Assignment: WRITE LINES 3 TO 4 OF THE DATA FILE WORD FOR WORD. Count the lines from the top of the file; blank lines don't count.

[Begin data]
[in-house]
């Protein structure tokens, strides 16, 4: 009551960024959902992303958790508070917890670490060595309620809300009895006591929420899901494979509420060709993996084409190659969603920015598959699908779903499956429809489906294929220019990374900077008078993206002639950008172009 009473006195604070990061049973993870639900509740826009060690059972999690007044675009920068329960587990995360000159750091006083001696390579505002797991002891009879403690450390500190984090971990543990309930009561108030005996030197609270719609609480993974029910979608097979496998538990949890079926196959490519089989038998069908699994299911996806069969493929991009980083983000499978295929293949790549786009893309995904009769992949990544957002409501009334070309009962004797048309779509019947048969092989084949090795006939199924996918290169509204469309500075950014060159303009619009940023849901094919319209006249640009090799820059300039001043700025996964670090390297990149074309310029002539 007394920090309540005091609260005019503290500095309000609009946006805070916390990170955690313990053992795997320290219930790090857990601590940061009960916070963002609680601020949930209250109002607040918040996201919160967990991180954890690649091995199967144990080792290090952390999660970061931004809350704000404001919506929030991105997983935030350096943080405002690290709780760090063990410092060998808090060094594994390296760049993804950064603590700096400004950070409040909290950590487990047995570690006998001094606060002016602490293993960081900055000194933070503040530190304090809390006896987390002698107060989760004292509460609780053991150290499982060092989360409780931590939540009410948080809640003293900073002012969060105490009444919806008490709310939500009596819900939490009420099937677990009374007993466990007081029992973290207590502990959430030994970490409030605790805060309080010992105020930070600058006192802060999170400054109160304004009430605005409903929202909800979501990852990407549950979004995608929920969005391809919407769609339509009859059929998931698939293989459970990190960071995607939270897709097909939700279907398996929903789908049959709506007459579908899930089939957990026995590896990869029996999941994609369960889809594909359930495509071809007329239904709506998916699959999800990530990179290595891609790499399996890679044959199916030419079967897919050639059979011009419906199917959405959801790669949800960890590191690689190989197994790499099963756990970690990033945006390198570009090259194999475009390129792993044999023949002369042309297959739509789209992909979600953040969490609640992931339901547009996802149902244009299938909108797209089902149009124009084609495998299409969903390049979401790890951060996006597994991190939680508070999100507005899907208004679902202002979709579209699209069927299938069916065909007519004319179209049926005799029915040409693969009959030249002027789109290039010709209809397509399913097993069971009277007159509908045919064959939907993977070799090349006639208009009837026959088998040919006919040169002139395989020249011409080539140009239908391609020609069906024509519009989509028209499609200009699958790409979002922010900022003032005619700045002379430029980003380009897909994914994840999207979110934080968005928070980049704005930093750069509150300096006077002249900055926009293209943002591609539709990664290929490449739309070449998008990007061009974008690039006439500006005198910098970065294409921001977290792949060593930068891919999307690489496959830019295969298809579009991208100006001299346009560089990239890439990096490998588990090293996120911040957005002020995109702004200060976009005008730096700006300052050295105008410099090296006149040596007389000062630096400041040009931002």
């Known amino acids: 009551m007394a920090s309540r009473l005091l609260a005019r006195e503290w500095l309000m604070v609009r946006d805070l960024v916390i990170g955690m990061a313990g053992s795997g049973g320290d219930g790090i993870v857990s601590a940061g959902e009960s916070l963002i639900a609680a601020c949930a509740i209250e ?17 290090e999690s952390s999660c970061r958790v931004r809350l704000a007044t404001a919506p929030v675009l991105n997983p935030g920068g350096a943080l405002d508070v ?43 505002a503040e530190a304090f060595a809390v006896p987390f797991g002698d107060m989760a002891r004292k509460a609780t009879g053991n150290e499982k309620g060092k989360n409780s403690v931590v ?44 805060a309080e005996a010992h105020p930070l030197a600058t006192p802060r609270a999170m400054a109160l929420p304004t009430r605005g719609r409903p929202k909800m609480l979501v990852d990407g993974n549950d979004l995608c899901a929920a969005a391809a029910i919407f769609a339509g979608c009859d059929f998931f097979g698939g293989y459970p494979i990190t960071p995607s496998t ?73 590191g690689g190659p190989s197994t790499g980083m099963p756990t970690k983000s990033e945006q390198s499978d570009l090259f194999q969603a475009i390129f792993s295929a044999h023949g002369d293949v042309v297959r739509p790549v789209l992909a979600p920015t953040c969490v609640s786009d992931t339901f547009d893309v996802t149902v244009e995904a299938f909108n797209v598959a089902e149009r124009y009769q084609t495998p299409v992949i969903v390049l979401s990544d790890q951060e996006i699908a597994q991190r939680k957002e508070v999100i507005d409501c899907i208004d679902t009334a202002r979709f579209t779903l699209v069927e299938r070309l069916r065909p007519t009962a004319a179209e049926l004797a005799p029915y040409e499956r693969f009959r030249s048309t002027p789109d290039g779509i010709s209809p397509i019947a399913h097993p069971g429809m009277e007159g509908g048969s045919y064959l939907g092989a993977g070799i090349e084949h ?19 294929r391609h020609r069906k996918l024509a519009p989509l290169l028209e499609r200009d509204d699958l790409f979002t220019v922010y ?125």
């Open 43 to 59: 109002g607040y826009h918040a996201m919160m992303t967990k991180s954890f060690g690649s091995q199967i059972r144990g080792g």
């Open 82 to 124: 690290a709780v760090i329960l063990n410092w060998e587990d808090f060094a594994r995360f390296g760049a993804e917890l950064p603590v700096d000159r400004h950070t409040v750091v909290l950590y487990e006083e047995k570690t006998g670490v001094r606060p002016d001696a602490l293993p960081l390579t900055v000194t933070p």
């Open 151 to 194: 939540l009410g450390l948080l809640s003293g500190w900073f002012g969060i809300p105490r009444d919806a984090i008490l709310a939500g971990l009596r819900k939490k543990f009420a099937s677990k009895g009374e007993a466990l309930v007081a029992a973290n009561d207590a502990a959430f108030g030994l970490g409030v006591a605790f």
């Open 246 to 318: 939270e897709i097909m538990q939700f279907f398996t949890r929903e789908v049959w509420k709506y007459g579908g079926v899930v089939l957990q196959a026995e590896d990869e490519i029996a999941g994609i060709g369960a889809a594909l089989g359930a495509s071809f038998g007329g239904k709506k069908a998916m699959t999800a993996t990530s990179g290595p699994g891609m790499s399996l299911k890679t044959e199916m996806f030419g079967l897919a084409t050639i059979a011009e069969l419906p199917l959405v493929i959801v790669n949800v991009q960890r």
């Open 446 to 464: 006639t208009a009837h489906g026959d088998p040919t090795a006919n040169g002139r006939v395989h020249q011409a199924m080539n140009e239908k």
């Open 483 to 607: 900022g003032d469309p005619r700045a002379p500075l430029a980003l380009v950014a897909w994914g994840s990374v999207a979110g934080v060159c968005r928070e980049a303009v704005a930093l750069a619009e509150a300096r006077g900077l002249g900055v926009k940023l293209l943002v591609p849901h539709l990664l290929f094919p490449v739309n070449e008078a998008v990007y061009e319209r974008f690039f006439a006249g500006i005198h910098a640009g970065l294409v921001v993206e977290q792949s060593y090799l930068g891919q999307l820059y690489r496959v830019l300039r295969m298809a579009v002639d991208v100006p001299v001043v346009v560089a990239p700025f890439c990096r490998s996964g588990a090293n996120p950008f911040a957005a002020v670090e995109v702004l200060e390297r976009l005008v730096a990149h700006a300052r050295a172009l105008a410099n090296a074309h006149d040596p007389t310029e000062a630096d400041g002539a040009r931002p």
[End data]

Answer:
């Known amino acids: 009551m007394a920090s309540r009473l005091l609260a005019r006195e503290w500095l309000m604070v609009r946006d805070l960024v916390i990170g955690m990061a313990g053992s795997g049973g320290d219930g790090i993870v857990s601590a940061g959902e009960s916070l963002i639900a609680a601020c949930a509740i209250e ?17 290090e999690s952390s999660c970061r958790v931004r809350l704000a007044t404001a919506p929030v675009l991105n997983p935030g920068g350096a943080l405002d508070v ?43 505002a503040e530190a304090f060595a809390v006896p987390f797991g002698d107060m989760a002891r004292k509460a609780t009879g053991n150290e499982k309620g060092k989360n409780s403690v931590v ?44 805060a309080e005996a010992h105020p930070l030197a600058t006192p802060r609270a999170m400054a109160l929420p304004t009430r605005g719609r409903p929202k909800m609480l979501v990852d990407g993974n549950d979004l995608c899901a929920a969005a391809a029910i919407f769609a339509g979608c009859d059929f998931f097979g698939g293989y459970p494979i990190t960071p995607s496998t ?73 590191g690689g190659p190989s197994t790499g980083m099963p756990t970690k983000s990033e945006q390198s499978d570009l090259f194999q969603a475009i390129f792993s295929a044999h023949g002369d293949v042309v297959r739509p790549v789209l992909a979600p920015t953040c969490v609640s786009d992931t339901f547009d893309v996802t149902v244009e995904a299938f909108n797209v598959a089902e149009r124009y009769q084609t495998p299409v992949i969903v390049l979401s990544d790890q951060e996006i699908a597994q991190r939680k957002e508070v999100i507005d409501c899907i208004d679902t009334a202002r979709f579209t779903l699209v069927e299938r070309l069916r065909p007519t009962a004319a179209e049926l004797a005799p029915y040409e499956r693969f009959r030249s048309t002027p789109d290039g779509i010709s209809p397509i019947a399913h097993p069971g429809m009277e007159g509908g048969s045919y064959l939907g092989a993977g070799i090349e084949h ?19 294929r391609h020609r069906k996918l024509a519009p989509l290169l028209e499609r200009d509204d699958l790409f979002t220019v922010y ?125």
């Open 43 to 59: 109002g607040y826009h918040a996201m919160m992303t967990k991180s954890f060690g690649s091995q199967i059972r144990g080792g």